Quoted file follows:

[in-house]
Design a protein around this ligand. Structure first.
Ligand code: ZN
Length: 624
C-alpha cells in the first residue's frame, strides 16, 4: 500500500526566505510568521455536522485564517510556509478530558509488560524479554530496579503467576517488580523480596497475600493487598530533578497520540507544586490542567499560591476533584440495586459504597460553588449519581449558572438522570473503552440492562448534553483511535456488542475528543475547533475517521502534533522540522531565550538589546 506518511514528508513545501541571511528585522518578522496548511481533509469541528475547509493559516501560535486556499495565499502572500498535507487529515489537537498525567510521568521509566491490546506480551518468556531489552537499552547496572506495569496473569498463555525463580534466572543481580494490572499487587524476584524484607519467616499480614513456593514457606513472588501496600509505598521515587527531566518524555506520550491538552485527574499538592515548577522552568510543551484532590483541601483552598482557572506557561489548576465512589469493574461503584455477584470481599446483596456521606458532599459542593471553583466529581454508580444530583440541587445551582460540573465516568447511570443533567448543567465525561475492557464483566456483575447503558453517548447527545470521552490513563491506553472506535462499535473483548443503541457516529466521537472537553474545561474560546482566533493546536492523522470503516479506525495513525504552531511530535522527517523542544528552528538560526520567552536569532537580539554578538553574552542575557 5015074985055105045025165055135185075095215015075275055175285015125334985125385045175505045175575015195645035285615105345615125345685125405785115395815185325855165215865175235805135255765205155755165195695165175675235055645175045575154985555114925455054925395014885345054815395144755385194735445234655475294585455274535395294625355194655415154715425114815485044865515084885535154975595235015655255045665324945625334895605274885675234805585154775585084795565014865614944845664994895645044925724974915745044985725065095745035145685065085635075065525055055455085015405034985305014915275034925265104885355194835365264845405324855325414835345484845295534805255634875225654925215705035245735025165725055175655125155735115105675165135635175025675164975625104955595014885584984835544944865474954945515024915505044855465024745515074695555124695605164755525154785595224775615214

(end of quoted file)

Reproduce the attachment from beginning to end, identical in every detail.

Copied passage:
[in-house]
Design a protein around this ligand. Structure first.
Ligand code: ZN
Length: 624
C-alpha cells in the first residue's frame, strides 16, 4: 500500500526566505510568521455536522485564517510556509478530558509488560524479554530496579503467576517488580523480596497475600493487598530533578497520540507544586490542567499560591476533584440495586459504597460553588449519581449558572438522570473503552440492562448534553483511535456488542475528543475547533475517521502534533522540522531565550538589546 506518511514528508513545501541571511528585522518578522496548511481533509469541528475547509493559516501560535486556499495565499502572500498535507487529515489537537498525567510521568521509566491490546506480551518468556531489552537499552547496572506495569496473569498463555525463580534466572543481580494490572499487587524476584524484607519467616499480614513456593514457606513472588501496600509505598521515587527531566518524555506520550491538552485527574499538592515548577522552568510543551484532590483541601483552598482557572506557561489548576465512589469493574461503584455477584470481599446483596456521606458532599459542593471553583466529581454508580444530583440541587445551582460540573465516568447511570443533567448543567465525561475492557464483566456483575447503558453517548447527545470521552490513563491506553472506535462499535473483548443503541457516529466521537472537553474545561474560546482566533493546536492523522470503516479506525495513525504552531511530535522527517523542544528552528538560526520567552536569532537580539554578538553574552542575557 5015074985055105045025165055135185075095215015075275055175285015125334985125385045175505045175575015195645035285615105345615125345685125405785115395815185325855165215865175235805135255765205155755165195695165175675235055645175045575154985555114925455054925395014885345054815395144755385194735445234655475294585455274535395294625355194655415154715425114815485044865515084885535154975595235015655255045665324945625334895605274885675234805585154775585084795565014865614944845664994895645044925724974915745044985725065095745035145685065085635075065525055055455085015405034985305014915275034925265104885355194835365264845405324855325414835345484845295534805255634875225654925215705035245735025165725055175655125155735115105675165135635175025675164975625104955595014885584984835544944865474954945515024915505044855465024745515074695555124695605164755525154785595224775615214